Bordeaux-4/10- 4/13/2016


Chateau Soutard Monolithic Church Saint Emilion Village Chateau Siaurac
Saint Emilion-4/12/2016

Saint Émilion is a region of southern France that drew attention in the eighth century when a Breton monk named Émilion fled from Vannes, his hometown to escape persecution by the Benedictine Order, and seek refuge in one of the natural caves in a place called Ascum bas (former name of the village).  Living the life of a hermit he accomplished a few miracles and rapidly became famous in the region and even far beyond its borders. Soon he had many disciples and with their help he evangelized that place and made it become a great religious center. Even after his death his followers carried on his legacy and even called the town after him: Saint Émilion.

St Emilion's history stretches back to Roman times, which they planted vineyards in what was to become Saint-Émilion as early as the 2nd century. The monks who followed Émilion started the commercial wine production in the area and ever since Saint Émilion acquired wealth and prominence due to wine production and to its strategic position along a pilgrimage route to Santiago de Compostela.  Saint-Émilion is one of the principal red wine areas of Bordeaux along with the Médoc, Graves and Pomerol. The region is much smaller than the Médoc and adjoins Pomerol. As in Pomerol and the other appellations on the right bank of the Gironde, the primary grape varieties used are Merlot and Cabernet Franc, with relatively small amounts of Cabernet Sauvignon also being used by some châteaux.

 The cultural landscape of Saint-Emilion was added to the UNESCO World Heritage List in 1999 with fascinating Romanesque churches and ruins stretching all along steep and narrow streets. 

Saint-Emilion Monolithic Church

The monolithich church is an underground religious building that was dug by extending caves and quarries in the early 12th century of gigantic porportions (124 feet long and 40 feet high).  The bell tower was built much later from the 12th to 15th century and the church was carved directly into the stone, hence its name, the monolith church.  Émilion was buried at the age of 76 and his sucessors continue to dig the mountains to create an amazing architectural site.

It is said that at times there were between 5 to 55 monks hollowing out the rocks.  The monolithic Churc of Saint Émilion is unique in the world, with more than 172 acres of underground galleries dug into the limestone rock.  Its contruction required the extraction of more than 15,000 cubic feet of rocks.



Rising dramatically against a rocky backdrop, Saint Émilion Monolithic Church is partly subterranean.  Its tree naves, with a small catacomb beneath, were dug into a rocky hillside.  Saint  Émilion. bell tower is the town's highest point.  The church below the tower was hollowed out of a solid rock more than 900 years ago.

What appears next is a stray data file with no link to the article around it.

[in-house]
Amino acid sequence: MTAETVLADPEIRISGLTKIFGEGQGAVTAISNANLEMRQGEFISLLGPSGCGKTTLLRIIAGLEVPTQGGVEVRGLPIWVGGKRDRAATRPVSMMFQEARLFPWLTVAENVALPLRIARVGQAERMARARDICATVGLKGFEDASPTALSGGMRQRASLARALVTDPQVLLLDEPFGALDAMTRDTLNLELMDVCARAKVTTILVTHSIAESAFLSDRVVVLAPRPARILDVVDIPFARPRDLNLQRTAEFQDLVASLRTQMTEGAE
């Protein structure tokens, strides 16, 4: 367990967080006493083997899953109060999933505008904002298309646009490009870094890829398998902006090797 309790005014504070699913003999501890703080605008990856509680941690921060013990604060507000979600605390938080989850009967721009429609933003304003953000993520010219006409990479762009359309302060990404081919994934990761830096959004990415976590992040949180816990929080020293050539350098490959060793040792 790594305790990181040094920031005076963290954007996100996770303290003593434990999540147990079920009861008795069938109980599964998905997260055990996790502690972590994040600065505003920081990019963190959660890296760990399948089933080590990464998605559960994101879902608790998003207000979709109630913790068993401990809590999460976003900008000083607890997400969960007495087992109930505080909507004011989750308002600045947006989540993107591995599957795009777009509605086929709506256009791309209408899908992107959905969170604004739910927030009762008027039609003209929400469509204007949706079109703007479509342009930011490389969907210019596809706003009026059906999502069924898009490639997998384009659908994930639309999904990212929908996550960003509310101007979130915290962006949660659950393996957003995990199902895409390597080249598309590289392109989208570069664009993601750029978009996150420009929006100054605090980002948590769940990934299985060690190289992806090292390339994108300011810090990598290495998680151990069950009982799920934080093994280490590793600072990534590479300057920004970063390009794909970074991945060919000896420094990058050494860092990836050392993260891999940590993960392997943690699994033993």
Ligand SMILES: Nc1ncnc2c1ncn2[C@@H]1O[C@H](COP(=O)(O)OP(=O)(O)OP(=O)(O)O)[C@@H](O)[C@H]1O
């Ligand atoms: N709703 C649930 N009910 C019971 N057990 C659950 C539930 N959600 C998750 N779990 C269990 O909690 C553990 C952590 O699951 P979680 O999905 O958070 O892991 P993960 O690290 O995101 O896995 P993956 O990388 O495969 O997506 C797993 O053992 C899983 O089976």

Bell tower

Remy and his assistant giving us a quick history of the church.

The fascinating of this early-12C church, partly subterranean, was carved entirely out of rock by monks.

It was raining but Remy had a bunch of umbrellas for us to use.
This is the front portal of the church.  Carved in the 12th century, painted in the 14th century, devastated in the 16th century, battered in the 18th century during the revolution of 1789 and restored in the 20th century.
Today, it is still consecrated and hosts regular religious ceremonies, sometimes concerts, but also induction ceremonies of the Brotherhood of wines of Saint Émilion

The monolithic church is the largest church of its kind in Europe and it offers a beautiful intricately carved portal with beautiful carvings.

 If you look carefully at the carvings you will see the damage caused by the French Revolution.  They knocked out a lot of effigies which is such a shame.

The church’s 173 feet high bell-tower was a notable landmark, though by the late twentieth century the 3,000 ton weight of the tower shifted, making it susceptible to collapse.

In 1996, World Monuments Fund placed Saint-Emilion Monolithic Church on the Watch because of the severe structural problems, exacerbated by constant water infiltration threatening this architecturally and culturally significant site. Cement columns had been erected to supplement the church’s pillars and reinforce the bell tower, but this solution was neither designed to be permanent nor aesthetically desirable. To begin, WMF undertook a technical study that identified and analyzed the specific problems at Saint-Emilion. A meeting of international experts was convened by WMF in 1998. Geologists, architects, and engineers from universities across Europe produced recommendations for conservation strategies that were implemented, with funding from the local and national governments. The church’s foundations were strengthened through the insertion of tensile bands into the pillars. A decade after inclusion on the Watch, Saint-Emilion Monolithic Church was stabilized, restored, and opened to the public.

View of Saint Émilion from the roof top of the church.  The village below is so quaint and charming.

Beautiful view!

As you walked inside the church you will see two distinct type of architecture: Gothic and Romanesque style.

Both style are so different and it is reflects the different construction period from Romanesque to Gothic.


It is totally apparent here to see both style Gothic (left) and Romanesque (right) side by side.



Inside the church, the nave is adorned with nicely restored wall paintings and amazing Gothic stained glass windows, while the statues of the Apostles on the tympanum were partly destroyed during the French Revolution.

Beautiful stained glass window.

A large crucifix hanging on a pillar.



Remnants of paintings decorating the wall...


The Cloister

They hang a lot of modern paintings against the wall by local artists.  Paintings are for sale.

Close look at the paintings





Our house


Photo Gallery

 Mon  petit coin